Allergy and Oral Mucosal Disease

Rees, Shiona Rachel (2001) Allergy and Oral Mucosal Disease. DDS thesis, University of Glasgow.

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Abstract

The purpose of this study was to assess the prevalence of positive results to cutaneous patch testing in patients with oral mucosal diseases and to assess the relevance of exclusion of identified allergens to the disease process. It was also attempted to identify microscopic features that were related to a hypersensitivity aetiology in patients with oral lichenoid eruptions. The analysis was carried out retrospectively in the Departments of Oral Medicine and Oral Pathology in Glasgow Dental Hospital And School and the Contact Dermatitis Investigation Unit in the Royal Infirmary, Glasgow. A total of 1,252 patients with oral mucosal diseases who had been referred to the Contact Dermatitis Unit were assessed, and the prevalence of positive reactions to patch testing and contact urticaria testing in each disease cohort was compared to the prevalence of positive reactions in 100 control volunteers. Sections of specimens from patients with oral lichenoid eruptions were analysed using photographic standards and by counting cells and measuring the sections. The results indicated that patients with oral mucosal diseases were significantly more likely to have demonstrable hypersensitivity to food additives, especially benzoic acid, and perfumes and flavourings, especially cinnamaldehyde, than controls. Dietary avoidance therapy to identified allergens caused improvement in the majority. Patients with oral lichenoid eruptions were significantly more likely to react to mercurial allergens on patch testing than patients with recurrent aphthous stomatitis or orofacial granulomatosis. Microscopic examination revealed that the density of the inflammatory infiltrate was higher in those patients with oral lichenoid eruptions who had one or more positive patch tests or contact urticaria tests. They also had more disruption of the basal cell layer though this was of borderline significance. It was concluded that patch testing and contact urticaria testing, together with the resultant allergen avoidance therapy, are useful adjuncts in the management of oral mucosal diseases. The presence of a florid (in terms of thickness and density) inflammatory infiltrate and disruption of the basal cell layer in cases of oral lichenoid eruptions, suggested that an allergic aetiology was more likely.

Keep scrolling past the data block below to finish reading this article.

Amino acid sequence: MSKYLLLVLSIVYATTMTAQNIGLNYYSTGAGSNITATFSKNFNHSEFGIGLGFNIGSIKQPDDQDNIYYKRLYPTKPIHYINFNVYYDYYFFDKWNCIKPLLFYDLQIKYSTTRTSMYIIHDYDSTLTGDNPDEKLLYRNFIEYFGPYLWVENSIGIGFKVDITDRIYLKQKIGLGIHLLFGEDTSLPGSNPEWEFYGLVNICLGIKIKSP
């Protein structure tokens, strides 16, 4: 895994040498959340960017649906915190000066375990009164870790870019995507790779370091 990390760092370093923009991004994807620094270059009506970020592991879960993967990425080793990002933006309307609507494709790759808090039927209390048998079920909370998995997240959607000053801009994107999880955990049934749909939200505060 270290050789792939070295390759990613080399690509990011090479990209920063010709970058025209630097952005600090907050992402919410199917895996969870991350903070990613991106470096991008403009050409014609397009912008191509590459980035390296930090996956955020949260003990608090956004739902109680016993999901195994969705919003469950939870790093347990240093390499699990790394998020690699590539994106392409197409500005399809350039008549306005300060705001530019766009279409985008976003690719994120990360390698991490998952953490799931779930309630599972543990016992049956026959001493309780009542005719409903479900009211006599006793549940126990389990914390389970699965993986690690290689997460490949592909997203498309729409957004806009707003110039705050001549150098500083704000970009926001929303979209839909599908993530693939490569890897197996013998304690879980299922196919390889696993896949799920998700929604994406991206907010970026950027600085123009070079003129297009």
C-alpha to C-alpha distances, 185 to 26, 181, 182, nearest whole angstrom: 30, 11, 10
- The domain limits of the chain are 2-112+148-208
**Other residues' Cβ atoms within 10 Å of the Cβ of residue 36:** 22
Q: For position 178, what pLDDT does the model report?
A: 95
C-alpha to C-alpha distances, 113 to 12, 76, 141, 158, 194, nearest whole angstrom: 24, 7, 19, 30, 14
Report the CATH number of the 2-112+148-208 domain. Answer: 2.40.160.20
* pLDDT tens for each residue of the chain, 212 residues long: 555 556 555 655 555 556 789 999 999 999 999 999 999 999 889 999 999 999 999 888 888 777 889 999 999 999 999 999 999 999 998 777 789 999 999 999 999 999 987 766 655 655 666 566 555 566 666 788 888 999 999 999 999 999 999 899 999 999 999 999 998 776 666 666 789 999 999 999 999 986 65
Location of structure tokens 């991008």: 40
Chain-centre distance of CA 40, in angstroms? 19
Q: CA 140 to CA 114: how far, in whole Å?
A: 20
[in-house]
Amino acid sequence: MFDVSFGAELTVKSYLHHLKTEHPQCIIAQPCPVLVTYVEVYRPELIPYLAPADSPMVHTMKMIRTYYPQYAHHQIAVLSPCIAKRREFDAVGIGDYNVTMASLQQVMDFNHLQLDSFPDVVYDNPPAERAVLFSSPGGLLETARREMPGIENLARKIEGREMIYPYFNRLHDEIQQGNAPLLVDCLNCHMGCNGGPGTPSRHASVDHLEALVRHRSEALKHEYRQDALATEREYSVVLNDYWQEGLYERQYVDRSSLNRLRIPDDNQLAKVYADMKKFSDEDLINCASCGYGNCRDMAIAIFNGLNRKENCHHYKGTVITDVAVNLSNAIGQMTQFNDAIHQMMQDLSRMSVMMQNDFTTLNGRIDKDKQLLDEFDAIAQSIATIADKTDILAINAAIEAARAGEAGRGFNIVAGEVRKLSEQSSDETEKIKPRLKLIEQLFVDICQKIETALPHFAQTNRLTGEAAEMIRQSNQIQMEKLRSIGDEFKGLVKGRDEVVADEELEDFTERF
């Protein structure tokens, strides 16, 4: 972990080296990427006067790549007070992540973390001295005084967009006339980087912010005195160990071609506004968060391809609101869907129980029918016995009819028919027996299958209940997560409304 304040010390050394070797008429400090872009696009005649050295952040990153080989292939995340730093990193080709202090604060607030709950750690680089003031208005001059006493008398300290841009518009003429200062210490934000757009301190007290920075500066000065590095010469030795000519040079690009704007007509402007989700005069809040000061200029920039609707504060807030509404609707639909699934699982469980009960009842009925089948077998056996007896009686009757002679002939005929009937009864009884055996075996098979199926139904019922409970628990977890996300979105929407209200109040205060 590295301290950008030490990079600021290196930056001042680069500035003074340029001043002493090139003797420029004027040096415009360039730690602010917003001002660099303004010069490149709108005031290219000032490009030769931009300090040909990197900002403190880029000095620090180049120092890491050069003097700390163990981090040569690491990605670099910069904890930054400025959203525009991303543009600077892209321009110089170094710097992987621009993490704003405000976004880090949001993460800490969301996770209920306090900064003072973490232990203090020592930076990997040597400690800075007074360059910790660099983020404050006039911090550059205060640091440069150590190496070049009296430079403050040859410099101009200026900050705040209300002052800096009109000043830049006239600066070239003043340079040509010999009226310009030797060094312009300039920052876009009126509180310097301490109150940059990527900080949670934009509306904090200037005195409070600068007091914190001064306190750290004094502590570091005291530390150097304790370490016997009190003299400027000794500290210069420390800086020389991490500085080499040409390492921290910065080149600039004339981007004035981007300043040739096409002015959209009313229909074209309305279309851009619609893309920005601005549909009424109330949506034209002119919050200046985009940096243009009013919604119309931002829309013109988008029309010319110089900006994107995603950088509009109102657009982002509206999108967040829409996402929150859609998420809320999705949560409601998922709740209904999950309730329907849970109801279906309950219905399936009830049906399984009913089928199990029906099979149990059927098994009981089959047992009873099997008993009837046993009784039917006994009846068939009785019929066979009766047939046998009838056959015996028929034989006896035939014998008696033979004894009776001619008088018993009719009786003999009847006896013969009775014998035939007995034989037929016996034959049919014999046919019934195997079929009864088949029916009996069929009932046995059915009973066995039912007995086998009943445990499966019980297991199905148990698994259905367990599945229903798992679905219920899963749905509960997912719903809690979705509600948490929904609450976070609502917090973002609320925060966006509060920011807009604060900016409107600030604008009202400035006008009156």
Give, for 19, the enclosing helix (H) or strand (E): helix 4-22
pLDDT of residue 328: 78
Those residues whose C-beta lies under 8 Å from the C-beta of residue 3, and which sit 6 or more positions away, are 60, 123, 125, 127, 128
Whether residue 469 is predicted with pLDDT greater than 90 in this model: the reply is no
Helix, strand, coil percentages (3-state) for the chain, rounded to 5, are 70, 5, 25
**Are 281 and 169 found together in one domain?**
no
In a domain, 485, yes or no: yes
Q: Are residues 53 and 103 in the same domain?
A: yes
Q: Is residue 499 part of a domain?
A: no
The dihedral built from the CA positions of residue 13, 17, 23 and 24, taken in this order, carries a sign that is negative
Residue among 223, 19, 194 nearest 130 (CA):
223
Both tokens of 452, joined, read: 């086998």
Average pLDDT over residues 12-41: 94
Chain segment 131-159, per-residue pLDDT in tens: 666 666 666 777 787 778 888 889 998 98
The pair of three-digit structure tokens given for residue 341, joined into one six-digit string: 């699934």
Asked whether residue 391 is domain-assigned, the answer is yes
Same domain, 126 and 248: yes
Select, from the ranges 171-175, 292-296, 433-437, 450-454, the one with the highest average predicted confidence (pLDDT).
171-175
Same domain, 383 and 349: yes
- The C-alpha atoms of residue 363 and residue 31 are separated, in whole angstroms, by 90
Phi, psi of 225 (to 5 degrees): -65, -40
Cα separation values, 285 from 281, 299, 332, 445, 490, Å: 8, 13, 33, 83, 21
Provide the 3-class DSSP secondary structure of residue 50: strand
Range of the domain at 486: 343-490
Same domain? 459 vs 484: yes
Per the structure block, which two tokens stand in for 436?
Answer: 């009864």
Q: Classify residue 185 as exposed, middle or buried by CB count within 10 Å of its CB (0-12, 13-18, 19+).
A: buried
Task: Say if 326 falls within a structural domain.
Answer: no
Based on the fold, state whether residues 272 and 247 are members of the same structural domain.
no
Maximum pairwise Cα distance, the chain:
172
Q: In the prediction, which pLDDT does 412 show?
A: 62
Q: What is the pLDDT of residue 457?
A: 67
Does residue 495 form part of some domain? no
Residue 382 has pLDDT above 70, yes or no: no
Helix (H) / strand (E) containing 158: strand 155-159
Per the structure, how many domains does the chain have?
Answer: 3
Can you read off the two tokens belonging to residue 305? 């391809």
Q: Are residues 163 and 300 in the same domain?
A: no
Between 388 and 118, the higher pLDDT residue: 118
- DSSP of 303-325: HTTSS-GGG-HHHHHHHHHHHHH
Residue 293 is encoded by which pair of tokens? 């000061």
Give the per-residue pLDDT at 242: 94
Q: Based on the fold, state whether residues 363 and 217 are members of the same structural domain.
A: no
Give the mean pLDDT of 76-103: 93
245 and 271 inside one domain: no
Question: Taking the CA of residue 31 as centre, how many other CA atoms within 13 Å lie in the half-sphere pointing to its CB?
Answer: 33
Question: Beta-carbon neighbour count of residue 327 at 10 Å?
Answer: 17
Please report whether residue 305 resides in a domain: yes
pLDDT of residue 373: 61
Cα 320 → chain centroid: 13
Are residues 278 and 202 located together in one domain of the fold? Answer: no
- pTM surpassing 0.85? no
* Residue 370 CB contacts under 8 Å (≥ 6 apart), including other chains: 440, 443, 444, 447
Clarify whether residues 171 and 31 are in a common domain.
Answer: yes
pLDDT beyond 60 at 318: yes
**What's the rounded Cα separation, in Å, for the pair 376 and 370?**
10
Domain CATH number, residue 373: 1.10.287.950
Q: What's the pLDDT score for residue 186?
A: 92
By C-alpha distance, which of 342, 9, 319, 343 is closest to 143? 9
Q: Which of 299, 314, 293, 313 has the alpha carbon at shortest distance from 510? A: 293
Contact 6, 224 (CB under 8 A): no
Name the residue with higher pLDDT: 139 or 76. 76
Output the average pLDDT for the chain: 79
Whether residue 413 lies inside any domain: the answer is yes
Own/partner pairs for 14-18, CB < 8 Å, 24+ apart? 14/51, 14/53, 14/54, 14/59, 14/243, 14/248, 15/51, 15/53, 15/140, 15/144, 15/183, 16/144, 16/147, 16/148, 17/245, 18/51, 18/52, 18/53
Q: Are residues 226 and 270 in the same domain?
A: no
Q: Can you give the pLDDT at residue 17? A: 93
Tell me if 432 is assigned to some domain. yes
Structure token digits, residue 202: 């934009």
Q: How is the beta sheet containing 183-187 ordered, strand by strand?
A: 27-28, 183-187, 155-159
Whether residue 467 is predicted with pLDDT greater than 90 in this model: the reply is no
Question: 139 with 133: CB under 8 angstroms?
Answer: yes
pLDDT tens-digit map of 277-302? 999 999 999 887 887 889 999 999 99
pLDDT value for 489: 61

Item Type: Thesis (DDS)
Qualification Level: Doctoral
Additional Information: Adviser: David Wray
Keywords: Medicine, Dentistry
Date of Award: 2001
Depositing User: Enlighten Team
Unique ID: glathesis:2001-76253
Copyright: Copyright of this thesis is held by the author.
Date Deposited: 19 Nov 2019 16:14
Last Modified: 19 Nov 2019 16:14
URI: http://theses.gla.ac.uk/id/eprint/76253

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